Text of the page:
MORE AND MORE, COMMUNITIES in greater Minnesota are discovering the value in creating holiday events that attract locals and visitors. That includes Faribault, which this week hosts Winterfest, an expansion of the long-running Hometown Holidays.

It’s a smart move on the part of host, Faribault Main Street. Anything that brings people into Faribault benefits tourism and businesses through exposure and sales. This marks the second year of Winterfest, highlighted last December by a Parade of Lights. This year fireworks precede the 5:30 p.m. Saturday parade along Central Avenue in our historic downtown.

 

Faribault’s version of the Polar Express. Minnesota Prairie Roots file photo December 2017.

 

But before I expound on Saturday, there’s Thursday’s Hometown Holidays evening of family-oriented attractions and activities from 5 – 7:30 p.m. at Buckham Center. From greeting Santa and his reindeer to crafts, music, snacks, a holiday movie and more, families will find plenty to do. I wish my granddaughter lived closer. I’d take her.

 

Local merchants showcase the holiday spirit in window displays. Minnesota Prairie Roots file photo December 2017.

 

A few blocks away in the heart of the business district, the holiday spirit prevails Thursday evening in a window decorating contest, horse-drawn wagon rides, ice carving, and caroling by Due North, a Minneapolis-based a cappella group. From 6 – 8 p.m. our local art center hosts the Paradise Center for the Arts Acoustic Gallery featuring music by Cannon River Currents and artisan gifts crafted by 20 regional artists at the Holly Days Sale. Downtown shops will be open, too.

That’s Thursday. Friday focuses on teens with open gym and swim, board games and other activities at the Faribault Community Center from 6 – 8 p.m.

 

Me, ringing bells for the Salvation Army outside Walmart. Minnesota Prairie Roots file photo.

 

Then comes Saturday, a day so jam-packed with events that I wonder how I can possibly get to everything. I’m also ringing bells for the Salvation Army for two hours.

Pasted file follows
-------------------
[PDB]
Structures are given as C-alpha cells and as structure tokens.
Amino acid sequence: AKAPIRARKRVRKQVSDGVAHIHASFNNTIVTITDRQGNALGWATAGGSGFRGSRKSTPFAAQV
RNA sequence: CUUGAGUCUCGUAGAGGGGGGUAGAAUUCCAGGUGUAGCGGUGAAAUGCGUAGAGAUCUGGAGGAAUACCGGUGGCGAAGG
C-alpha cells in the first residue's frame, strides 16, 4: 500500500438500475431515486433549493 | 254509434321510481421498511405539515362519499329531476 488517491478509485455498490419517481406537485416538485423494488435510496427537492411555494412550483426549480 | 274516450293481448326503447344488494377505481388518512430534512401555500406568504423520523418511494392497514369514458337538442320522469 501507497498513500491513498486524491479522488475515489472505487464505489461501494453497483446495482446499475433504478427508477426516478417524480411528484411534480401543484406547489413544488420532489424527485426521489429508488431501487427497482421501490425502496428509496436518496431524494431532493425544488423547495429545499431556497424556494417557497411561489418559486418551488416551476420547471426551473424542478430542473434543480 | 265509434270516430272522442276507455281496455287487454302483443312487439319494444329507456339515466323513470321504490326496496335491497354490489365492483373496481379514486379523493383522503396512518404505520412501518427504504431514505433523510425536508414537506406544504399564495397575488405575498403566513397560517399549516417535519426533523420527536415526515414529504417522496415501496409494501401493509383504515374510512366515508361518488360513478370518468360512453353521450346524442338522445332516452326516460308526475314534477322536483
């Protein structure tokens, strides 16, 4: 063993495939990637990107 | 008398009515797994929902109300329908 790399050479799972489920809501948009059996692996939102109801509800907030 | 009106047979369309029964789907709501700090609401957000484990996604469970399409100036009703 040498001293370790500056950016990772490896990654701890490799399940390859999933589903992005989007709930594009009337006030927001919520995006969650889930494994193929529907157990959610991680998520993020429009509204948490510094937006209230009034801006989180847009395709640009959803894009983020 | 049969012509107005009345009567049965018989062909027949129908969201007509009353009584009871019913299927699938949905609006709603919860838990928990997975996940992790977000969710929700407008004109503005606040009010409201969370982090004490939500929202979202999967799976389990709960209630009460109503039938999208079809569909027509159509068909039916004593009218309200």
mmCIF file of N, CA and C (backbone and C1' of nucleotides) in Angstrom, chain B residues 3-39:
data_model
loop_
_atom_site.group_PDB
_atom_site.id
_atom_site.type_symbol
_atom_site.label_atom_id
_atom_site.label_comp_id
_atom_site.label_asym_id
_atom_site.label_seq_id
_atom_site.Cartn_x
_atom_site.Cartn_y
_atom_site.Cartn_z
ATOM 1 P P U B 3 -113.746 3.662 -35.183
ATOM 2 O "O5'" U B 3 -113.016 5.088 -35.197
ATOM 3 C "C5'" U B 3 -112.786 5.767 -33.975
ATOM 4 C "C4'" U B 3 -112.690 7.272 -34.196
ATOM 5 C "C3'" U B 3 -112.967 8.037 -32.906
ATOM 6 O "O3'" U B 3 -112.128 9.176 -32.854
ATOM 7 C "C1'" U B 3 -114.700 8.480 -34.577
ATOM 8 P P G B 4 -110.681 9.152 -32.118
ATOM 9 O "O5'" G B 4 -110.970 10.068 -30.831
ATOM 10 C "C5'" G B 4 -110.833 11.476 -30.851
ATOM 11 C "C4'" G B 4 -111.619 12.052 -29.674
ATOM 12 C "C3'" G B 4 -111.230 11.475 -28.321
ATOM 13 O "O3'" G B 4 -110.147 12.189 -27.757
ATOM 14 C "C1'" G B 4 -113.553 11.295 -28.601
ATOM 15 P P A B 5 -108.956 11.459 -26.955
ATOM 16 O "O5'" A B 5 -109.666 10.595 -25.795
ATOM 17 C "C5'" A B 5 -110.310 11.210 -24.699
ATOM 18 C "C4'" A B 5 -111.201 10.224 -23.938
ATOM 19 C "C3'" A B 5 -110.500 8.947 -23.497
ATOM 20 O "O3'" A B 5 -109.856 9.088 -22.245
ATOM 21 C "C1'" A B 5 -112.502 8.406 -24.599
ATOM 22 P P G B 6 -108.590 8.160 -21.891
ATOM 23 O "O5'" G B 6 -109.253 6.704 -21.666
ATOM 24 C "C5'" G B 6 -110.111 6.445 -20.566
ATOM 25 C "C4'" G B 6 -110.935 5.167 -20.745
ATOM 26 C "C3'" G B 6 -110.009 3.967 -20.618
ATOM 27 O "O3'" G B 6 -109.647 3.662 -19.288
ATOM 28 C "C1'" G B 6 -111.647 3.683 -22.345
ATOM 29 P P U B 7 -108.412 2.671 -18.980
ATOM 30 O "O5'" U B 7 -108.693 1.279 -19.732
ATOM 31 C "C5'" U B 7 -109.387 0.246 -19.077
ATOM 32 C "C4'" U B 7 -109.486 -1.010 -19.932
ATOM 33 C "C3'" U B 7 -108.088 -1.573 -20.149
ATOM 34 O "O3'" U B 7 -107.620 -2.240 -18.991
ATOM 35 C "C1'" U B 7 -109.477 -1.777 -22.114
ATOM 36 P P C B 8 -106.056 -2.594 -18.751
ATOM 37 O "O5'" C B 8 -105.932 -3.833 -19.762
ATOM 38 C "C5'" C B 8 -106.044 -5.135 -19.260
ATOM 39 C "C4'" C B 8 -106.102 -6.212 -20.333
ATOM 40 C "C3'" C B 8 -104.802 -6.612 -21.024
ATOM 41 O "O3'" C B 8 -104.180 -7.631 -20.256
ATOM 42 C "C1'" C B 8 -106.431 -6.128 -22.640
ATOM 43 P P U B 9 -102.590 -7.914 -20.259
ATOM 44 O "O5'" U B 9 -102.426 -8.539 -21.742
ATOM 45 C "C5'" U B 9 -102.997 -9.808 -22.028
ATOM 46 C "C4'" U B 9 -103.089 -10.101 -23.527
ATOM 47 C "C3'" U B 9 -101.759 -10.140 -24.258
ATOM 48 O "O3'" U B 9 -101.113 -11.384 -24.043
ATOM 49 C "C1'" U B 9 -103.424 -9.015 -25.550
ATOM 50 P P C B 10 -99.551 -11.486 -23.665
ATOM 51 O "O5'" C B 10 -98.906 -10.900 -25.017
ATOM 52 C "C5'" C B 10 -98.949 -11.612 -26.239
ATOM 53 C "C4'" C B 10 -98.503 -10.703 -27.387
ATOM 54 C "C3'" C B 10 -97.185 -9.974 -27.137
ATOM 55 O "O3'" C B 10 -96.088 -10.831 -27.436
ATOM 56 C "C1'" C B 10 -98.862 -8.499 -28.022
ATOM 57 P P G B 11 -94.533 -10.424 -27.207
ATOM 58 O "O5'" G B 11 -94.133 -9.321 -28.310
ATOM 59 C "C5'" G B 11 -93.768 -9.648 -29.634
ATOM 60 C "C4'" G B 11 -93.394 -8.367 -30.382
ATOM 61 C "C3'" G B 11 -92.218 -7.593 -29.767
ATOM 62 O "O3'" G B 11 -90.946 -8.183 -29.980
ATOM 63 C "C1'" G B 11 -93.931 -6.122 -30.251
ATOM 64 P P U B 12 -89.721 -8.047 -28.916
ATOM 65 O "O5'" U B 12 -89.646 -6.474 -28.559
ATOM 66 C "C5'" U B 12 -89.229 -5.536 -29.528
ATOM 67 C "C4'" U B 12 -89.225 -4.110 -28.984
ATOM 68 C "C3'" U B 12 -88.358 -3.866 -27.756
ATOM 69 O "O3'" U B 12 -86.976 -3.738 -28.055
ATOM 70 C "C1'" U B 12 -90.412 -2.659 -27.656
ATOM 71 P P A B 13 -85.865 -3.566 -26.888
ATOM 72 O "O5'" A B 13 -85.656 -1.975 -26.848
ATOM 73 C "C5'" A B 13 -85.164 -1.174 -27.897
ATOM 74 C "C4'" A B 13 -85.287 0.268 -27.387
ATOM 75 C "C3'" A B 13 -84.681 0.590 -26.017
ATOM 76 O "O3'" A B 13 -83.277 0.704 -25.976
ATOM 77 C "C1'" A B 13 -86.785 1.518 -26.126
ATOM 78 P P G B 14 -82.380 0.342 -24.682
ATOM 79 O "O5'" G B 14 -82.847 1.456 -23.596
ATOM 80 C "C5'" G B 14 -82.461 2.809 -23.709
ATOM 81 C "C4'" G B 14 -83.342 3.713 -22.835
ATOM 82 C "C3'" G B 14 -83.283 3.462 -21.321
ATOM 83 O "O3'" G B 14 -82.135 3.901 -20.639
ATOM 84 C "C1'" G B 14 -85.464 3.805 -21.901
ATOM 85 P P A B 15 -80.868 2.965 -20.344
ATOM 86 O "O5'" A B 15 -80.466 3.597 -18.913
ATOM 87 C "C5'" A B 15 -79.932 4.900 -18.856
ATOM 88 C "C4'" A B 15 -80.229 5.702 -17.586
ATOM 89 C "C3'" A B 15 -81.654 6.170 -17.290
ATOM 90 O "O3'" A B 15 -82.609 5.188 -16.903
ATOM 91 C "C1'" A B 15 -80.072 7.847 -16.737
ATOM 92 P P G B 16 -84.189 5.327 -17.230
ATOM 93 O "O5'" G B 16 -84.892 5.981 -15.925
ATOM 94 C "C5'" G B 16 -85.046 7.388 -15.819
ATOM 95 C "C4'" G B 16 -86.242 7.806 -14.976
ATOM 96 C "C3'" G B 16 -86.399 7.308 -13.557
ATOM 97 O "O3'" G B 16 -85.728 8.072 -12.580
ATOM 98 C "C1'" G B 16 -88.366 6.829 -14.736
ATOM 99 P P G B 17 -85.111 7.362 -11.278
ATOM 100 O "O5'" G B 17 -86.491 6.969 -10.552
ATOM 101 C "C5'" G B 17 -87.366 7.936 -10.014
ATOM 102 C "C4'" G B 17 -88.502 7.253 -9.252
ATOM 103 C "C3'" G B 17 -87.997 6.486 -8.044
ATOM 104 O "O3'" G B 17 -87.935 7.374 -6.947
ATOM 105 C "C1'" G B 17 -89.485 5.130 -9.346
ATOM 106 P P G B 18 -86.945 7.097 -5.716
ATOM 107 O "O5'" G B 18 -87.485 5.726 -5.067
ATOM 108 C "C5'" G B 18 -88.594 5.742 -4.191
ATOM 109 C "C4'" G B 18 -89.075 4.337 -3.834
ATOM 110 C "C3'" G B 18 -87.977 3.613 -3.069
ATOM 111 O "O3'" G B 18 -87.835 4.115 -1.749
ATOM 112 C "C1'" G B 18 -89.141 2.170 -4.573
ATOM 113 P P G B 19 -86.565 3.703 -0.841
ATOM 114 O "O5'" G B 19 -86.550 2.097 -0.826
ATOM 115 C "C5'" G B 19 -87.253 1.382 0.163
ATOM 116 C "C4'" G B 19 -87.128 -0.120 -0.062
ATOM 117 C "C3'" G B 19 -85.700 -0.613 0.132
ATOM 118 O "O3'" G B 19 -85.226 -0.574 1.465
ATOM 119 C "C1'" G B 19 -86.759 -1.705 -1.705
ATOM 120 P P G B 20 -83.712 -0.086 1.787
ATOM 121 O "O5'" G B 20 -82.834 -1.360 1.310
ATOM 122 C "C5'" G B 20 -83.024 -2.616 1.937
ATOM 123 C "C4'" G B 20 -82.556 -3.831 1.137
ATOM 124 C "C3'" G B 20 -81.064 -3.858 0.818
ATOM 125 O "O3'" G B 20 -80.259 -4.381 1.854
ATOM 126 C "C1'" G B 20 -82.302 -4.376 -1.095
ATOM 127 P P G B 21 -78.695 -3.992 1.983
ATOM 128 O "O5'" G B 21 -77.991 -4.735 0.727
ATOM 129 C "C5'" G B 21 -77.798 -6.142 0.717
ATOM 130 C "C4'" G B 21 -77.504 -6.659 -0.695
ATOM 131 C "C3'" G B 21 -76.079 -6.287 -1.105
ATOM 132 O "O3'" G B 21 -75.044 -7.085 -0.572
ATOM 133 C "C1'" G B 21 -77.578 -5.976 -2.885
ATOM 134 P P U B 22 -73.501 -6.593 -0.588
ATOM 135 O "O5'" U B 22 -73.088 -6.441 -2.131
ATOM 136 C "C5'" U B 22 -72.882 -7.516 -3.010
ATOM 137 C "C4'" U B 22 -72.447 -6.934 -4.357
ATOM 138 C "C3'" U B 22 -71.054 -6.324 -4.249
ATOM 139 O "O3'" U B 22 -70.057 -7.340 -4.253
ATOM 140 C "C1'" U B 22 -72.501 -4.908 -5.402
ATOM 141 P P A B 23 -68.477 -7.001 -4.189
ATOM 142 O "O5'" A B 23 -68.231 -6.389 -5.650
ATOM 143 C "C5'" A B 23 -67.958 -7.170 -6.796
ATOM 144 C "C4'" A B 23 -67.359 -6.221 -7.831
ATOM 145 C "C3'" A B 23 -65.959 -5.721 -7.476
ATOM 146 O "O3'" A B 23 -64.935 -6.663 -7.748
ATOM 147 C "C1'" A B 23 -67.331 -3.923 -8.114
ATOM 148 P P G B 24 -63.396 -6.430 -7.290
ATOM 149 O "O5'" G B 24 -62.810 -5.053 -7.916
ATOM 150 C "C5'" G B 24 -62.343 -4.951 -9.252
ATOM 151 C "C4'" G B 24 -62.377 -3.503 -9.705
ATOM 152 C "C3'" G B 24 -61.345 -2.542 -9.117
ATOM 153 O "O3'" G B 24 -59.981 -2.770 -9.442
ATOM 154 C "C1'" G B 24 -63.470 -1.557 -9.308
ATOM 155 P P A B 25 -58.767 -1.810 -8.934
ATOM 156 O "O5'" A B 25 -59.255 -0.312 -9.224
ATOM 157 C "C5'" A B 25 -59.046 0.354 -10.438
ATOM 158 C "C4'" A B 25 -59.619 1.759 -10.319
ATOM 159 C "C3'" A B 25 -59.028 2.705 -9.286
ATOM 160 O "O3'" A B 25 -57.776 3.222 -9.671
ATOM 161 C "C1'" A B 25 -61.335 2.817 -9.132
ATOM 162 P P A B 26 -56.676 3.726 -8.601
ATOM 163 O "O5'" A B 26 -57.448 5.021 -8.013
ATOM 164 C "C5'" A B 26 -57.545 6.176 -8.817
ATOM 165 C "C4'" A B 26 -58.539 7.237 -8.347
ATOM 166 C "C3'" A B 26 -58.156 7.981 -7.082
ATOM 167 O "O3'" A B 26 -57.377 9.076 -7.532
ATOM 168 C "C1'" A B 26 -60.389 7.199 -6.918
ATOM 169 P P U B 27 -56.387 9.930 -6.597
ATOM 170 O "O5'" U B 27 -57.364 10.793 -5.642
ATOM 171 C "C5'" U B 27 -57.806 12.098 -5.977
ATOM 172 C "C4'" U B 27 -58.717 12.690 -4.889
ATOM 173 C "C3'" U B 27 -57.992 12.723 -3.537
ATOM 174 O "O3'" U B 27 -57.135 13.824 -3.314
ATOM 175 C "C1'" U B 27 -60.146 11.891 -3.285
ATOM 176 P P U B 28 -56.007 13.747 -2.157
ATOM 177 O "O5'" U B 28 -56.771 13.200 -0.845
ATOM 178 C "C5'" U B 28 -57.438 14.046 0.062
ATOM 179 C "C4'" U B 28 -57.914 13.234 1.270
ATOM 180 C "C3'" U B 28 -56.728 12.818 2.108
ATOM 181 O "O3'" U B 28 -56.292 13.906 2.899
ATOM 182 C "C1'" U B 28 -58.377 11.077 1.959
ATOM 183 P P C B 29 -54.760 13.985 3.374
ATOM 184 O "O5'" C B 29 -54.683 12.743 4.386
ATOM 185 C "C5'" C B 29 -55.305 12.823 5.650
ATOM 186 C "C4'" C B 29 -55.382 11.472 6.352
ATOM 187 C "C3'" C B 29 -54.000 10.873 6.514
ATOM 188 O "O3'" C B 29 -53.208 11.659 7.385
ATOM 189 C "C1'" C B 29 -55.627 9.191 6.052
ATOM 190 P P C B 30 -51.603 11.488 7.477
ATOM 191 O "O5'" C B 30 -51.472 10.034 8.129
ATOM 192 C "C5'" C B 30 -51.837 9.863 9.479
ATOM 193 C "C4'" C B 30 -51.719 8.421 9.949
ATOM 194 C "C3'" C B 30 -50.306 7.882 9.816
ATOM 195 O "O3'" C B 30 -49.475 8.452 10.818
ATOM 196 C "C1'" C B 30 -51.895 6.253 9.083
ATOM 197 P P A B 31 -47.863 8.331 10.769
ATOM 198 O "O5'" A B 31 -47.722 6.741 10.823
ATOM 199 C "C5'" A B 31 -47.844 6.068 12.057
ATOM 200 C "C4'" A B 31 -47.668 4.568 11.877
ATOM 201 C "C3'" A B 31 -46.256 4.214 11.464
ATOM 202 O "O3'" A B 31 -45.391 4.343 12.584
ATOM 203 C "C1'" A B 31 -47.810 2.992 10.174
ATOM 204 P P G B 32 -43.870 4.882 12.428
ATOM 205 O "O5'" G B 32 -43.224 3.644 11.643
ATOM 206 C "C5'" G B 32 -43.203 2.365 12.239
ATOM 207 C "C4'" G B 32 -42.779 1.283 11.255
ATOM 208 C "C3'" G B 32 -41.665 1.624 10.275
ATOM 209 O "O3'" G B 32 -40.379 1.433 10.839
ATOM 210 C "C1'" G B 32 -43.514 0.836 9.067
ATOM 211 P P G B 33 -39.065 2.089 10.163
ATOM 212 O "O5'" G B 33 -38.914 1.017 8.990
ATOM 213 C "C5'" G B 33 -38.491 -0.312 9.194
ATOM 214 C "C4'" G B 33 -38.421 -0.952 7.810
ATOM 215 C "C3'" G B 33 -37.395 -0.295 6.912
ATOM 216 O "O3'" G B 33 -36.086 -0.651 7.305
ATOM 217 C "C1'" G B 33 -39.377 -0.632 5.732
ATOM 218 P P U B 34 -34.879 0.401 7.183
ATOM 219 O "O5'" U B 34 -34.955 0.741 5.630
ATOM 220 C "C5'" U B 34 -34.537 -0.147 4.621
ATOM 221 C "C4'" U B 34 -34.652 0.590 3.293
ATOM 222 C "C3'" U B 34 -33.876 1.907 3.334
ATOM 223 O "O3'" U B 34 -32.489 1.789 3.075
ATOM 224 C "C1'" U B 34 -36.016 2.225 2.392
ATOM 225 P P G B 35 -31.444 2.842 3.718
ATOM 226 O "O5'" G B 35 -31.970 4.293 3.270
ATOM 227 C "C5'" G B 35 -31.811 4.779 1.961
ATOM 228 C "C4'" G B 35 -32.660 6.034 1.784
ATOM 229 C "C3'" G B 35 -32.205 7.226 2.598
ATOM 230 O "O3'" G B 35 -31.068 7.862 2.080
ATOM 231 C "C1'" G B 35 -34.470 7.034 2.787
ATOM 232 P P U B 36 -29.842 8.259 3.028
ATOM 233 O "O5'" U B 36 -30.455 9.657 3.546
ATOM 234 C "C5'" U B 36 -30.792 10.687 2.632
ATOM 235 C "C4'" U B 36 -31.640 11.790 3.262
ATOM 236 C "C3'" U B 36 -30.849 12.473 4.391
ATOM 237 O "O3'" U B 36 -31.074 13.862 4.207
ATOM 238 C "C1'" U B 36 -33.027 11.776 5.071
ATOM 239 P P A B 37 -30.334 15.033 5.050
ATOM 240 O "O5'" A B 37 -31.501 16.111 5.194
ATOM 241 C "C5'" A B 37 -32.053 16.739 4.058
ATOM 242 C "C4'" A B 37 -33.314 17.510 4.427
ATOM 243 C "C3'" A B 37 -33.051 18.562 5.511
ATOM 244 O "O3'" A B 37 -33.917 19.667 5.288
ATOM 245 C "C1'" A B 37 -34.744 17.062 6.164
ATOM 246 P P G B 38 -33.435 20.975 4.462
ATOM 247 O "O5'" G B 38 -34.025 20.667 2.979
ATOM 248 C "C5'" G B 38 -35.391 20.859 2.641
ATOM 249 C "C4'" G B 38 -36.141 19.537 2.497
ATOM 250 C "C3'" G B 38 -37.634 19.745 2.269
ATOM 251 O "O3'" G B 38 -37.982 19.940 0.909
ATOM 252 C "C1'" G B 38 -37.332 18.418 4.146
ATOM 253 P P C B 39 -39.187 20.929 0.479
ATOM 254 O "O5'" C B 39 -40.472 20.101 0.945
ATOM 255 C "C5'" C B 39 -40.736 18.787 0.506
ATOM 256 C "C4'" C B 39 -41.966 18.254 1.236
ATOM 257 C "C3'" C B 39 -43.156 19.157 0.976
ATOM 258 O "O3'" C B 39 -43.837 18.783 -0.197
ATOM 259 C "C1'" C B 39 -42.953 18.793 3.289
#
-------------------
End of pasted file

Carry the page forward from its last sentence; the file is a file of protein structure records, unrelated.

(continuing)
The table set for Christmas guests at the Alexander Faribault house. Minnesota Prairie Roots file photo December 2017.

 

Saturday at 10 a.m., the Rice County Historical Society opens the doors to the home of our town founder for a French-Canadian Christmas at the Alexander Faribault House. That runs until 3 p.m. But if Saturday doesn’t work for you, the historic home will also be open on Friday from 4 – 7 p.m. It’s a fun way to learn about Faribault history in a festive setting.

 

The back of the parade as it heads north along Central Avenue in downtown Faribault. Minnesota Prairie Roots file photo December 2017.

 

History will also be on display along Central Avenue at the Faribault Sno-Go Club Vintage Snowmobile Show from 1 – 4 p.m. Saturday. Then, as darkness settles, units start arriving for the 5:30 p.m. parade with the fireworks kick-off. A street dance follows from 6:30 – 10 p.m.

In between, you can take in Mick Sterling Presents “At Christmas,” a blended show of music and comedy opening at 7:30 p.m. at the Paradise Center for the Arts. Sunday brings another holiday show with the Paradise Children’s Theatre performing “The Nutcracker Prince” at 2 p.m. and again at 4 p.m.

 

Minnesota Prairie Roots file photo 2014.

 

That’s a lot happening in my community. And I’m sure there’s more, like the annual craft and bake sale and luncheon at Peace Lutheran Church on Saturday.

 

Crowds gather along historic Central Avenue as the sun sets before the 2017 Parade of Lights. Minnesota Prairie Roots file photo 2017.

 

I’m grateful to all who are working so hard to bring the holiday spirit to Faribault through Winterfest and other events. Thank you.

TELL ME: Does your community host any big holiday events?

© Copyright 2018 Audrey Kletscher Helbling